Then we have the limited and shared harmonic vocabulary. These songs are both in the key of D major and employ only the basic chords in that key, sitting contentedly on a plain old D major chord most of the time.

The key itself is not very important to me, but it is to TikTok. For a musicologist, key is something we filter out a lot of the time. This is because, a few esoteric arguments aside, “Hey it’s Franklin” would be the same song in any key, like a cheeseburger is a cheeseburger whether you serve it at 130 degrees or cold out of the fridge. Its integrity as a cheeseburger is a product of other elements, not temperature. But TikTok viewers, unless they’re music experts, have less of that filter. When two songs are played back to back and they happen to be in the same key, they’re going to sound a lot more alike at least at first, and especially to a non-musicologist’s ears. There’s nothing jarring when you transition from Texas Hold ‘Em to Franklin and back.

Then you might notice the particular notes being plucked, especially at first. Both are playing figures that feature D on the upbeats. There’s nothing much more straightforward than that, but even though the figures are pretty different, that D on the upbeats gives both figures a common drive, like a knee-slap that plays the upbeats against a foot stomp on the downbeats. (The downbeats are the ones where you might count 1-2-3-4, and the upbeats are where you might count “and” in between the numbers.)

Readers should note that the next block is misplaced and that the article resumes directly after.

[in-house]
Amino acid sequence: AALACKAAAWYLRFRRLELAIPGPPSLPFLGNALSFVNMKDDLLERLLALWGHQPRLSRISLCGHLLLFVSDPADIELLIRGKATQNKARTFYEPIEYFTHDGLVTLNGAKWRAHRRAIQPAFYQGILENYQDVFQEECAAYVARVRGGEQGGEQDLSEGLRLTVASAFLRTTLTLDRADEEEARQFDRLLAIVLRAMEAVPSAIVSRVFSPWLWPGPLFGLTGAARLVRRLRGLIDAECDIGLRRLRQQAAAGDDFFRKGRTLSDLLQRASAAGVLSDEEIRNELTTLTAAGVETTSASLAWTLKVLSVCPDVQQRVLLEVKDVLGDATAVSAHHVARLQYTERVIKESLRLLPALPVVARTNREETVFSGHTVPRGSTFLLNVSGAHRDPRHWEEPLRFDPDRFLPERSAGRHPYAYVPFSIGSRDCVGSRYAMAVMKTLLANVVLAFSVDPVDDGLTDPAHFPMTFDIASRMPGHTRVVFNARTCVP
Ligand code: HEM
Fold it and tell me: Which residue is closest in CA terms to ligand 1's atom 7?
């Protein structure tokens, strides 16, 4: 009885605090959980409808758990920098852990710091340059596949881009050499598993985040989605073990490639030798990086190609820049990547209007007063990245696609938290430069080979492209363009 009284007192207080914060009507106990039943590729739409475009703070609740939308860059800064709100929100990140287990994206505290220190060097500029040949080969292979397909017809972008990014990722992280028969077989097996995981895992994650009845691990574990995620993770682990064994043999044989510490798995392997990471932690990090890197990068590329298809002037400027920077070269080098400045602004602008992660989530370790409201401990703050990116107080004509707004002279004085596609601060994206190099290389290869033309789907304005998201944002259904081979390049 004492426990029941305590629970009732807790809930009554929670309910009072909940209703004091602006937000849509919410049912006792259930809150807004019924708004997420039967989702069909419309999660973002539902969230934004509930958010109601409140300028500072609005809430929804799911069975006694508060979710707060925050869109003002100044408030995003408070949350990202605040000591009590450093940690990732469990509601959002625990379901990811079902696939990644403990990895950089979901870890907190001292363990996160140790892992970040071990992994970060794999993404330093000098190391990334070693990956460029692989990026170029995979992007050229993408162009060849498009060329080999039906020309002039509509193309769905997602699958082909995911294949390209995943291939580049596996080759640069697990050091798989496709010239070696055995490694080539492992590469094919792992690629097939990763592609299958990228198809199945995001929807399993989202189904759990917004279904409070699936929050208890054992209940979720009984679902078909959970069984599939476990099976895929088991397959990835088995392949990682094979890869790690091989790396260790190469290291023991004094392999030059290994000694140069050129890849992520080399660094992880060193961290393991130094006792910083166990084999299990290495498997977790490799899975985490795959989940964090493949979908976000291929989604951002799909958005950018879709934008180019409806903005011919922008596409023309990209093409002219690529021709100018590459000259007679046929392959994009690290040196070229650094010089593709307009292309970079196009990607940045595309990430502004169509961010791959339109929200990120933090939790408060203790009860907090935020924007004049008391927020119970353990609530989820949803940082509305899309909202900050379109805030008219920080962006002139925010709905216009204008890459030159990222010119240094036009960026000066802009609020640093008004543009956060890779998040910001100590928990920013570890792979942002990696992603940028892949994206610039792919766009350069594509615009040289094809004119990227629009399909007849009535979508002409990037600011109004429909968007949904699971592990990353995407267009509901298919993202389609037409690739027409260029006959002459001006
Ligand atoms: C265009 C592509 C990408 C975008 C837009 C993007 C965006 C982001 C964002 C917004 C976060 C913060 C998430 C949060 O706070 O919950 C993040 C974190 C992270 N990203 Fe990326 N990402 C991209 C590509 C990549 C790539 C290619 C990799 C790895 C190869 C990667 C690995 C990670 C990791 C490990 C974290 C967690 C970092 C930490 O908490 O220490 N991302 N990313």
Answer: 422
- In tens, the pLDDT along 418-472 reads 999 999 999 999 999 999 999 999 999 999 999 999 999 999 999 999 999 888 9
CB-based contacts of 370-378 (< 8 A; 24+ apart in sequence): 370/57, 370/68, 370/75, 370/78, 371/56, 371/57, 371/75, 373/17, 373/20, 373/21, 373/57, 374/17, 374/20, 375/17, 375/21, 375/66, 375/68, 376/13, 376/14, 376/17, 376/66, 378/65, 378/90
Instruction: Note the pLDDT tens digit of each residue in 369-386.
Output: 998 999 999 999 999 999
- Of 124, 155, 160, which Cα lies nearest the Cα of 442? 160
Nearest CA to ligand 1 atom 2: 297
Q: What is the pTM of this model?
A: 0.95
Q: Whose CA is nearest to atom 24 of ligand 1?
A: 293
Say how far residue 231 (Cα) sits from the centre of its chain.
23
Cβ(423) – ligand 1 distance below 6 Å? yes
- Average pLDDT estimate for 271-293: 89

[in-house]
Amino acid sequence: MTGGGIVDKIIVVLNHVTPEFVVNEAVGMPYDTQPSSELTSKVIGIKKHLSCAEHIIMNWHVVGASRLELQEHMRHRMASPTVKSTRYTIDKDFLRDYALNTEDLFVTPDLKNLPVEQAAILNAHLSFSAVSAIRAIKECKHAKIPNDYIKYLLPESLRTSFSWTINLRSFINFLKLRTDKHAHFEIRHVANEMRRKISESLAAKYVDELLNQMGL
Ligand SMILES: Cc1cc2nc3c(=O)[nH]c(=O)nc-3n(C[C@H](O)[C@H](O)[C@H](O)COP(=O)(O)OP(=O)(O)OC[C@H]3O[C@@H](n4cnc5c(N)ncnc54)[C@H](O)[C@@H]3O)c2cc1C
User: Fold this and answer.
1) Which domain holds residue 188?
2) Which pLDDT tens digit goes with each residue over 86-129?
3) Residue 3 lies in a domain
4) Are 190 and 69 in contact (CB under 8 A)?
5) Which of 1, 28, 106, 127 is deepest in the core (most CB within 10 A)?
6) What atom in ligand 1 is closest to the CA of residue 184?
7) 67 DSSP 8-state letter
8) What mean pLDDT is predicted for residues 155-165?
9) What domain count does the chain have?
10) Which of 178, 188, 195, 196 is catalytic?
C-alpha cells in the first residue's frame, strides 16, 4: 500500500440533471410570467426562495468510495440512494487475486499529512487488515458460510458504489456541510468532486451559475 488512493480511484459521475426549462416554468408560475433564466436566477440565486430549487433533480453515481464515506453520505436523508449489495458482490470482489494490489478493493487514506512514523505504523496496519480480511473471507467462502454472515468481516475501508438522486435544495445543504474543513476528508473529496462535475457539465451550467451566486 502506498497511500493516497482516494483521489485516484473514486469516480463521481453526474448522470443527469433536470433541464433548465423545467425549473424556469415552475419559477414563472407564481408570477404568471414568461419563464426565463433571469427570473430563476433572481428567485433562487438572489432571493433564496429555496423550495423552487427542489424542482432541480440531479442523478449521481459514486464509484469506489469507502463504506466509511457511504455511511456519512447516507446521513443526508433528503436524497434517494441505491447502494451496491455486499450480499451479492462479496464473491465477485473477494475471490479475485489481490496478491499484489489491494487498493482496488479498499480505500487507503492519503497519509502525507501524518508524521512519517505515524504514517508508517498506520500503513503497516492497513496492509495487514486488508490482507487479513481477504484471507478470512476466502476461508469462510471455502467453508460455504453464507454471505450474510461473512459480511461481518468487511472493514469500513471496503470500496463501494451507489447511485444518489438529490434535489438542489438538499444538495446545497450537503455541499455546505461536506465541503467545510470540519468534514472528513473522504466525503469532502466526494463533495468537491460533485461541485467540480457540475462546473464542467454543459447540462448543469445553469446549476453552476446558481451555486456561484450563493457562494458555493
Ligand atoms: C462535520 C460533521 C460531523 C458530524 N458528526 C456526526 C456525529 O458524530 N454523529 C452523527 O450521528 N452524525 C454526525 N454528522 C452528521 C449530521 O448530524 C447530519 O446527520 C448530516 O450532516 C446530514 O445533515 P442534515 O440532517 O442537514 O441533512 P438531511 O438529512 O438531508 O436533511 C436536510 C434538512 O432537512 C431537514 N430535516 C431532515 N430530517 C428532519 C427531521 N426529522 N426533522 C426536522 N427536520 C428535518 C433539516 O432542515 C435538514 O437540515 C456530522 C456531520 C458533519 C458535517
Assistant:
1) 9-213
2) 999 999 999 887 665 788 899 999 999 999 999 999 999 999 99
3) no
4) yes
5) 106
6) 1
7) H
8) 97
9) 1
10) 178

It’s also true that as you’re listening to either of these songs, you could probably sing either of the melodies along with the accompaniment of the other. Both songs are pretty much strumming and picking and stomping along on a D major chord. Such a simple accompaniment would accommodate an endless variety of melodies sung to it. Situations like this make for really easy mashups.

That’s why lyrics and melodies are often the first place I look for more substantial similarities. We are getting to why I said this isn’t at all close to being an infringement.

Here, the lyrics are very obviously not at all similar. Moving on…